Harlequin Productions’ artistic director Aaron Lamb says, “People are messy, people are complicated, and there’s beauty in that. That’s what makes us human.”
That is what the musical Falsettos by William Finn and James Lapine is all about.
It is 1979 in New York just as the AIDS epidemic is beginning to spread. A charming, intelligent, neurotic gay man named Marvin (Jon Lutyens) has recently divorced his wife, Trina (Meg McLynn), and started a relationship with Whizzer (Nicholas Main). Marvin is also struggling to establish and maintain a loving relationship with his son, Jason (Josh Doyle) and keep up a cordial and supportive relationship with Trina.
Marvin is in therapy. His psychiatrist, Mendel (Bruce Haasl) is also seeing Trina, and that develops into a romance. Jason turns to Whizzer as a friend and father figure. As the play unfurls, these evolving relationships grow increasingly complex.
Jason says, “Dad says love is the most beautiful thing in the world; I think the most beautiful thing in the world is chess.” Two years later in Act II at the time of his bar mitzvah, Jason will repeat that but change the word chess to girls.
Directed by Corey McDaniel, with music direction by Lamb, Harlequin’s Falsettos garnered Tony Awards for Best Original Score and Best Book of a Musical in 1992 and was nominated again after its 2016 revival.
Falsettos is a sung-through musical, meaning there is no traditional dialog. Everything is sung. The play begins light-hearted and quirky, and soon becomes deadly serious. The characters, every one of them, sing beautifully, dance, play baseball and tennis, and love one another fiercely, including the lesbian neighbor couple, Dr. Charlotte (Kristen Natalia) and Cordelia (Karen Terry), who don’t appear on stage until the second act. Also notable but not specifically credited to someone is choreography which was exceptional.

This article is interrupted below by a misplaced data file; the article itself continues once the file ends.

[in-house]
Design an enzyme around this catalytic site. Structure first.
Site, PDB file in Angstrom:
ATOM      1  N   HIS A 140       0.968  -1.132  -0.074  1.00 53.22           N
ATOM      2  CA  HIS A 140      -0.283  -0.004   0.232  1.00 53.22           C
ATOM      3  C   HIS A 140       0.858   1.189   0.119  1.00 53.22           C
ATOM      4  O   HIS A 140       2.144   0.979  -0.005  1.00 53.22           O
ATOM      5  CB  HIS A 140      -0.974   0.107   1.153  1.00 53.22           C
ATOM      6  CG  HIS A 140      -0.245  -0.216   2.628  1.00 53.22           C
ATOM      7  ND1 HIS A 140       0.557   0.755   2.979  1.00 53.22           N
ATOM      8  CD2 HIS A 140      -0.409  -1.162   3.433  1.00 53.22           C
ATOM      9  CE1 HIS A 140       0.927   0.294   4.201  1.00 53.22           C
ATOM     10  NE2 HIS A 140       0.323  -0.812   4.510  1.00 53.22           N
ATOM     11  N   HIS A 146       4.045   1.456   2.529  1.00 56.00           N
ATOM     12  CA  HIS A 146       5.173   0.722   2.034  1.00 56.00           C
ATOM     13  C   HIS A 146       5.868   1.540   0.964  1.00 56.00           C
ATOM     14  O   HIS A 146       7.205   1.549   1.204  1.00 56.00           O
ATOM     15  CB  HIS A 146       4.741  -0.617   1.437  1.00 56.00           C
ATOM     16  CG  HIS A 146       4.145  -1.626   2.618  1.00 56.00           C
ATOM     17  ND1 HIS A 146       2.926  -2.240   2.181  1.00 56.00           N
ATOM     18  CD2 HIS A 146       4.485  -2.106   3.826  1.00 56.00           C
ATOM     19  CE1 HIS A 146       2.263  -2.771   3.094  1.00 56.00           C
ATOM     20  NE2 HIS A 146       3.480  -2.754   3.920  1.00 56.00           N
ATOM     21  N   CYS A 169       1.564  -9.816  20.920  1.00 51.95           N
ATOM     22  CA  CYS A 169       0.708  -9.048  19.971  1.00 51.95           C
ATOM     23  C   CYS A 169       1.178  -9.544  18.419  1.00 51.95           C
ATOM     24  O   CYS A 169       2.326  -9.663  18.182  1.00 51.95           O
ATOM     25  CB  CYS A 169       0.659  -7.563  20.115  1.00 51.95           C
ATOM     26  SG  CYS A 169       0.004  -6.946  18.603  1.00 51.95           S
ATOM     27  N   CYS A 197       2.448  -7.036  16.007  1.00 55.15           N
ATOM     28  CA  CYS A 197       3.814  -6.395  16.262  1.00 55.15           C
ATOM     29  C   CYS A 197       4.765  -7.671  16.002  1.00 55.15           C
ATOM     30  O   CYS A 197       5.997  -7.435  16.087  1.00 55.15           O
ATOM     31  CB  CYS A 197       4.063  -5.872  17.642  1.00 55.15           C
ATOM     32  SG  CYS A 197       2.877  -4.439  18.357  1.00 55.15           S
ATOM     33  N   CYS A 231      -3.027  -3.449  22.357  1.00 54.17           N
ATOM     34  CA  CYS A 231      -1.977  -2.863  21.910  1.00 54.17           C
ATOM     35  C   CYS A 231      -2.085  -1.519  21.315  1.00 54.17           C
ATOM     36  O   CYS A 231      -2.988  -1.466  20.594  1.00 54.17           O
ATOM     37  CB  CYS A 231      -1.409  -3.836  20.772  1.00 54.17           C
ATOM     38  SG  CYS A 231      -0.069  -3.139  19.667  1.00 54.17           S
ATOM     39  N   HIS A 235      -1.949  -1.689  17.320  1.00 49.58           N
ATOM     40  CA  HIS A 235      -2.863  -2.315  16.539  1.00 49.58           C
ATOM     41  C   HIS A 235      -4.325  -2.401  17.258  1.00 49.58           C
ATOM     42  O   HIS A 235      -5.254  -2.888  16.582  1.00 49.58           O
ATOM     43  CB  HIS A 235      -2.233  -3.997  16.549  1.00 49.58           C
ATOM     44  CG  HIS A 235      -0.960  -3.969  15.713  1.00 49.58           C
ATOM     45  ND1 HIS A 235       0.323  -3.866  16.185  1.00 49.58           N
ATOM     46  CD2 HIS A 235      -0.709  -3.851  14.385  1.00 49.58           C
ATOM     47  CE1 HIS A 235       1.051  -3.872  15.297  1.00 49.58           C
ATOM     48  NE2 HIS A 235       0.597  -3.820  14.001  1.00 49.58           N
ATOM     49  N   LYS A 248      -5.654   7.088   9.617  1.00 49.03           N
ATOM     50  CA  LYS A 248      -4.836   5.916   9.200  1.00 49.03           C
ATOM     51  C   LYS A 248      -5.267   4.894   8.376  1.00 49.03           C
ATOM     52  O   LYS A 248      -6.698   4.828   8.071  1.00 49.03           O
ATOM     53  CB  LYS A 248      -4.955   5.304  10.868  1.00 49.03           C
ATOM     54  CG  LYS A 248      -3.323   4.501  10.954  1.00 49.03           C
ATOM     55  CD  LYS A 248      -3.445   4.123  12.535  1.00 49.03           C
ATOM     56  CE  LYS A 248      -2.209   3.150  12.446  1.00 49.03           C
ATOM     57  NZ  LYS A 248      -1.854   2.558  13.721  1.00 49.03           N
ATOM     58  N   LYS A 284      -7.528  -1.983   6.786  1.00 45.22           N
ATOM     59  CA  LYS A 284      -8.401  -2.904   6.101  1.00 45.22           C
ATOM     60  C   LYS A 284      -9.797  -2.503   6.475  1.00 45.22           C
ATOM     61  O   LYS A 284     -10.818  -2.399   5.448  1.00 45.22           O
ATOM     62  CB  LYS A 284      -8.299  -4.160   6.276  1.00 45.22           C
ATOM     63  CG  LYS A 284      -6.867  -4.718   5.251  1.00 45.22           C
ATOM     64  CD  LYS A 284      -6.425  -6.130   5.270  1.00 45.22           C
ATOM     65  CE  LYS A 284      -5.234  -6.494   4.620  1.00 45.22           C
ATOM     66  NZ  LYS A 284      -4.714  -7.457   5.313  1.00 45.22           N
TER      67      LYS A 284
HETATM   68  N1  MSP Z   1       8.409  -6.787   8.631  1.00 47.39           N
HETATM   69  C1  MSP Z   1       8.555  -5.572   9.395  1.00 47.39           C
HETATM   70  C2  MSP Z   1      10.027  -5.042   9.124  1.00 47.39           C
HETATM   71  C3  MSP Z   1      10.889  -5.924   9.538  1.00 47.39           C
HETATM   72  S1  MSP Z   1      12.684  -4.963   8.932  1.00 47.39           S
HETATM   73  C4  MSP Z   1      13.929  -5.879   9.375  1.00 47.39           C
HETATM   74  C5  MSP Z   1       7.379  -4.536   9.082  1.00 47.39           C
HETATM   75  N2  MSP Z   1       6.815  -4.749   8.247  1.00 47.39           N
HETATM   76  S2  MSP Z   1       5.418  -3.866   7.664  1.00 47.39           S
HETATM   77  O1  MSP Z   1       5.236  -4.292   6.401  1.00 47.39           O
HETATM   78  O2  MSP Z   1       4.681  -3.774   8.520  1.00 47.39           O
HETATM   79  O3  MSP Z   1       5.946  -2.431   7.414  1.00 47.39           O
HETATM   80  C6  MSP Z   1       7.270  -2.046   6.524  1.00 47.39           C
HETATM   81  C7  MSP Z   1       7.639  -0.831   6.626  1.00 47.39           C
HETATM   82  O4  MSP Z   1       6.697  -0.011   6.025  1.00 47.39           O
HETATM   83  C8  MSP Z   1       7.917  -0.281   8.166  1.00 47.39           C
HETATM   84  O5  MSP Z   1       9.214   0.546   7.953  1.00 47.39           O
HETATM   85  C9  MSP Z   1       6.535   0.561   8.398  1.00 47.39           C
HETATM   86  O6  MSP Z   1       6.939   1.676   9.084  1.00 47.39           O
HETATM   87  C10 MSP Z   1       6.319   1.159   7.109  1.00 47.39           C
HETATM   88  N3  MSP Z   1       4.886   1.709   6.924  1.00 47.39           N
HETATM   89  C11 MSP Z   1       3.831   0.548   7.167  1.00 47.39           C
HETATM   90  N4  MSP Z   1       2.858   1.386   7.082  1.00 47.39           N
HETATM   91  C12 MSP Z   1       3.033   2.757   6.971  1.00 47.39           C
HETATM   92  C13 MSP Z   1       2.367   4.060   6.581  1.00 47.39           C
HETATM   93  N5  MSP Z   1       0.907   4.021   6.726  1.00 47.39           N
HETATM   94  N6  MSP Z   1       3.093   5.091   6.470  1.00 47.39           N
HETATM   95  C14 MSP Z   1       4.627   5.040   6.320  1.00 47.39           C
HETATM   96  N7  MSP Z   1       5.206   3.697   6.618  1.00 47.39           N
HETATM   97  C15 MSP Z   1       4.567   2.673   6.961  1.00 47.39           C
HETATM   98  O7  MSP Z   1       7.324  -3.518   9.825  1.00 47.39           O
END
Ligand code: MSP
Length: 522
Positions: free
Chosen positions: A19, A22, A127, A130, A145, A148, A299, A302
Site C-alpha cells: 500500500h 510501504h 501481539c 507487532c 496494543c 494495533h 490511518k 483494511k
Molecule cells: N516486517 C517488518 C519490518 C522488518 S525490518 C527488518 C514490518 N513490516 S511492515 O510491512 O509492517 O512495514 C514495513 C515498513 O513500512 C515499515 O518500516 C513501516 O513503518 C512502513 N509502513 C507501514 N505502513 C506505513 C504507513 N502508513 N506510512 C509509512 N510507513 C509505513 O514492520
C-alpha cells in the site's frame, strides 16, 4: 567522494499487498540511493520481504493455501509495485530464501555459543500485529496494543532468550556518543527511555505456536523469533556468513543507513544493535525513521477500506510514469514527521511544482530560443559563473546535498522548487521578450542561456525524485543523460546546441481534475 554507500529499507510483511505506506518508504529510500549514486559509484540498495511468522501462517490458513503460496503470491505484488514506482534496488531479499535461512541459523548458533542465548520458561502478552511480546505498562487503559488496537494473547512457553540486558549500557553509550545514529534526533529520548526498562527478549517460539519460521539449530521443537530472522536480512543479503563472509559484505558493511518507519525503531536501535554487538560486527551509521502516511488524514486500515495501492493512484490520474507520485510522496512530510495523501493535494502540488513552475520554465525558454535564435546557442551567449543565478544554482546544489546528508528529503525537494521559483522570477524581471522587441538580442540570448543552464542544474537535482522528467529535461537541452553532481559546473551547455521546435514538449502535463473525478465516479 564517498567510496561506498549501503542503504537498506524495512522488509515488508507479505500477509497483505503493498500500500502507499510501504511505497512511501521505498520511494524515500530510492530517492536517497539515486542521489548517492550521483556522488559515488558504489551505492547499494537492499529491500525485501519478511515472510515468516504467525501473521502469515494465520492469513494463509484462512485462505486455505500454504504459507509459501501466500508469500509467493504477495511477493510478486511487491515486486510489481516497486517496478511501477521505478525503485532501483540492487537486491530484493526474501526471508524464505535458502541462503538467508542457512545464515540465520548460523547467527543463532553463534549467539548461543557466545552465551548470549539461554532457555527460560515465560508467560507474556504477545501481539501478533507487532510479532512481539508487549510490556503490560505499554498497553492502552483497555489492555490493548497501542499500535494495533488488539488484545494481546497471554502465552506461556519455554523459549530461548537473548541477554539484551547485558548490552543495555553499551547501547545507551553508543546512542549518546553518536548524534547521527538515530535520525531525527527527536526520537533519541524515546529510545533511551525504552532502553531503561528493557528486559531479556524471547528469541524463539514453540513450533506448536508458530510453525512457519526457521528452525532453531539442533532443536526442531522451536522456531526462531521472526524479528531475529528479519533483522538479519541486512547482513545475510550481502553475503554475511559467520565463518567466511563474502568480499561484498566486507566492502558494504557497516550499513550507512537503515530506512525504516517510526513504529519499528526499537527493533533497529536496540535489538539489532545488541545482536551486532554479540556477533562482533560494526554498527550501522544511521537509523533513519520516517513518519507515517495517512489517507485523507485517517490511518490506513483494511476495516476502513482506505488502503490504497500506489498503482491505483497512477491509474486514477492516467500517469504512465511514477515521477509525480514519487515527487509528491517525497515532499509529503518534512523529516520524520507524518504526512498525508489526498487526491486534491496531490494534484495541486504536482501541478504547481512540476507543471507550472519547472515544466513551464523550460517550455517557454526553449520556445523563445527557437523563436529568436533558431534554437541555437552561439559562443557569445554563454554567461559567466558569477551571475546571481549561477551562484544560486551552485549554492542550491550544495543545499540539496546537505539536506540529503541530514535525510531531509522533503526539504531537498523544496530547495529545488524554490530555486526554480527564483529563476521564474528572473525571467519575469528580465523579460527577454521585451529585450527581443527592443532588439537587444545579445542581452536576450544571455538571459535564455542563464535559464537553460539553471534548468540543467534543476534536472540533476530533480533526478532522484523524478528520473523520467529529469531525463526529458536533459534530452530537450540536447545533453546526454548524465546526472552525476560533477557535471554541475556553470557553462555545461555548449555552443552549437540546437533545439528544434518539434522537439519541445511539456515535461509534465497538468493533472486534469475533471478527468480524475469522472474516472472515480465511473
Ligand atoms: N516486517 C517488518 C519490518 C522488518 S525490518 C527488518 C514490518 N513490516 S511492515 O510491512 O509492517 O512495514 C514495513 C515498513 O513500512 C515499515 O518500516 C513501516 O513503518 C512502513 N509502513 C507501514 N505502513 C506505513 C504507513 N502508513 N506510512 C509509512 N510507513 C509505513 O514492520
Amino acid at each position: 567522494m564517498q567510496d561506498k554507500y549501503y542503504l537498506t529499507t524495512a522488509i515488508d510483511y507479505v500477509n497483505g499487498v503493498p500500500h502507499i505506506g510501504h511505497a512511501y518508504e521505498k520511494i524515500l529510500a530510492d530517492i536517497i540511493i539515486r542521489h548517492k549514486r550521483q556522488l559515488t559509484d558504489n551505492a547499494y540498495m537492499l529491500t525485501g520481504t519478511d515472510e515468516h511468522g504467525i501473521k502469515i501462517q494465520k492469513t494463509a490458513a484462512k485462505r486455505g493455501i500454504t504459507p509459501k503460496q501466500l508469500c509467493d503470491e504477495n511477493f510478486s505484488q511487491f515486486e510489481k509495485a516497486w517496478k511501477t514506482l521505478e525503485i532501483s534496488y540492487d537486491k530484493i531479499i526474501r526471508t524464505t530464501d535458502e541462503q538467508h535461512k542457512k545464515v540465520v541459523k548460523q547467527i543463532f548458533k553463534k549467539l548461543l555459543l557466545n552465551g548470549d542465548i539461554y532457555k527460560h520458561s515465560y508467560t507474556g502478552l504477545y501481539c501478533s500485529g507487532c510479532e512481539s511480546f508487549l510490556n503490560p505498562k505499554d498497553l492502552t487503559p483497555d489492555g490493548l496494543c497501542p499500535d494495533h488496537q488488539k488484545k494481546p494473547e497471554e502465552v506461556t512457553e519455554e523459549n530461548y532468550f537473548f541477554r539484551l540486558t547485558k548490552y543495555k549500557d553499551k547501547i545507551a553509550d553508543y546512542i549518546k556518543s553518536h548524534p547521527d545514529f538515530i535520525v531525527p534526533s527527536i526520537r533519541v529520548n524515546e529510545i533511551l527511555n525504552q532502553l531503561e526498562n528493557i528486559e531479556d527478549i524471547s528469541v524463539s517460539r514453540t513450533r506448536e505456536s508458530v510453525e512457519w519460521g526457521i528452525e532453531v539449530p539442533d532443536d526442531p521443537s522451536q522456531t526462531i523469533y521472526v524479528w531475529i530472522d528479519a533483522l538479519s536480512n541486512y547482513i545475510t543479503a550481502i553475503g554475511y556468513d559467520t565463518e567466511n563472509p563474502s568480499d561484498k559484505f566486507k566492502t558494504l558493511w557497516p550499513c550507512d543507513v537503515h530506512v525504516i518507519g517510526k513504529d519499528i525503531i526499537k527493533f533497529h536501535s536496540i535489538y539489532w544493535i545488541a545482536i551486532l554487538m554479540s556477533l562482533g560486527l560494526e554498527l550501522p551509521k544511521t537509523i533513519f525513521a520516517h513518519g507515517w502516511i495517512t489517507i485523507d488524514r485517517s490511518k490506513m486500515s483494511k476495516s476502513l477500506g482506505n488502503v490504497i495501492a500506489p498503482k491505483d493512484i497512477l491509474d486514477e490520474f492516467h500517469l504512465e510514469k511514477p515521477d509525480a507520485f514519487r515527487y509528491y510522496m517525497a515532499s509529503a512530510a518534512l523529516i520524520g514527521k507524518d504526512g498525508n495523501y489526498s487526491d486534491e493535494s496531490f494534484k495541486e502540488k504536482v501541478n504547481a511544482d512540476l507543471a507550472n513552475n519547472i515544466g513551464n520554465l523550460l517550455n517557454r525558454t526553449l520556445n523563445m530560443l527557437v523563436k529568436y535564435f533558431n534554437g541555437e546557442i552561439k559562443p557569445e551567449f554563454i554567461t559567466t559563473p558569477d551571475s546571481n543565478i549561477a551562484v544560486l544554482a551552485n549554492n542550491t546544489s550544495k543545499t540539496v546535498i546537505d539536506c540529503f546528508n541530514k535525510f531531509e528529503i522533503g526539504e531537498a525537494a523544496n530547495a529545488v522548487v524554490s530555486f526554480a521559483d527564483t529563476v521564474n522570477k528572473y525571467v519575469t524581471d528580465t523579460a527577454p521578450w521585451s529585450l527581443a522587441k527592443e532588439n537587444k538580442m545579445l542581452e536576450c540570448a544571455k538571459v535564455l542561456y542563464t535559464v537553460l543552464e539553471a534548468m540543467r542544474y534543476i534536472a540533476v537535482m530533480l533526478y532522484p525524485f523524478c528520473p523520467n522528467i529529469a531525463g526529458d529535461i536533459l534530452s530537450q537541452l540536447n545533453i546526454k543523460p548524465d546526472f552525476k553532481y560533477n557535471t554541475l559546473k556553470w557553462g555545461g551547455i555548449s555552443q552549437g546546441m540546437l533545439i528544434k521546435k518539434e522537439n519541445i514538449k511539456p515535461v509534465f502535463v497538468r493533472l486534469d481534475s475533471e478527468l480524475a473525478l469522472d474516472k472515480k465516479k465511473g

Deserving of special notice are longtime Harlequin favorite Haasl as the psychiatrist, Mendel, Lutyens as Marvin, McLynn as Trina, and newcomer Doyle as the irascible teen Jason.
All of the characters come across as very real human beings in all their complexity.
This play is both realistic and almost surrealistic, comical and tragic. It runs 2 ½ hourswith a 20-minute intermission.
Art in the Lobby
A selection of Roxanna Groves’s art will be on display in the State Theater lobby during the run of Falsettos. Like much of the play, Groves’s art is quirky and delightful, but with underlying serious messages about life — in this instance delivered by dogs and cats.
Production photos by Shanna Paxton Photography
7:30 p.m. Thursday-Saturday, 2 p.m. Sunday through July 22
Harlequin Productions at State Theater, 202 4th Avenue E, Olympia
General $50 • Senior/Military $46 • Student/Youth $33 Groups 6+ $40